Moral education teaches you that your desire for money, or some treasure, or some outcome must be subordinate to the safety of fellow human beings.

Moral education teaches you that your concerns about your identity, or your beliefs, are not that important. Disagreement isn’t an attack. As Shapiro says, “We have to stop feeling offended when we are disagreed with politically. We have to stop attributing evil motives to people who disagree with us, because then we’re more likely to become evil ourselves.”

Moral education teaches that your ideology isn’t worth killing people for. You want communism? Go to someplace people have already chosen that, or set up your commune on a private island somewhere. Don’t impose it by force on anyone. You want Sharia law? There are places you can live under that law; go there. You want your ideologies to win? Try expressing your reasons in a persuasive way. Imposing your ideologies on others is tyranny, and tyranny is evil.

We’re seeing evil in people’s reactions to the atrocity.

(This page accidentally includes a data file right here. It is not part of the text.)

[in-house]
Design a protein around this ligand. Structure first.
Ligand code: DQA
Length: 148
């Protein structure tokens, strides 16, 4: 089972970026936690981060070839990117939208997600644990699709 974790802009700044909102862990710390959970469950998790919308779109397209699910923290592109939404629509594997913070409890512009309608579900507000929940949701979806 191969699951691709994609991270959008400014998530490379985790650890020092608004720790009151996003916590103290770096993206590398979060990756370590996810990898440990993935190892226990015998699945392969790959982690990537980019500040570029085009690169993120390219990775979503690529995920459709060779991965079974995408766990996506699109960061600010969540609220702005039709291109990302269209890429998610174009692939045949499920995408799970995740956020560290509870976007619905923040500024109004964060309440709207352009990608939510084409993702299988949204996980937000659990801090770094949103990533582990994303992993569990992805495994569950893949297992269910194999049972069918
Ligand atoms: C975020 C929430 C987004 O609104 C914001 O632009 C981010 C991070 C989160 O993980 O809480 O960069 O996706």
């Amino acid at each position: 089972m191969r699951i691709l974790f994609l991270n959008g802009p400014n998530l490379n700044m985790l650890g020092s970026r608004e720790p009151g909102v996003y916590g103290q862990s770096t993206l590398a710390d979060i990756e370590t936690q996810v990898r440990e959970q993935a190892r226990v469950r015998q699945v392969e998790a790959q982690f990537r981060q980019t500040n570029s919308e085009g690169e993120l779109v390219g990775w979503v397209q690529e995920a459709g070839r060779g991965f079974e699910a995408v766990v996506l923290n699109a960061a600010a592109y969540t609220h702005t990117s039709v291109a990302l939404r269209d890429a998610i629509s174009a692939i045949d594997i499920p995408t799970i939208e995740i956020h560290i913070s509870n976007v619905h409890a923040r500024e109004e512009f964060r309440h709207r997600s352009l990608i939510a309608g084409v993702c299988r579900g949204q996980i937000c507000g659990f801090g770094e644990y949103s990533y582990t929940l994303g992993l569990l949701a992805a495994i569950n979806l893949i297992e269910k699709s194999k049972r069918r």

CBS legal executive Hayley Geftman-Gold tweeted that she felt no sympathy for the victims. Calling them “Repugs,” she said, “I’m actually not even sympathetic bc country music fans are often republican gun toters.” That’s evil. I don’t know whether you’d categorize it as ego-driven or ideological, or some combination. It was recognized as unacceptable, and she was fired for her comments. This person didn’t commit the atrocity, but she thinks people she judges as inferior (because country music = non-Democrat voter) are therefore worthy of being mowed down by machine gun. That way of thinking is evil. And evil thought comes before evil action.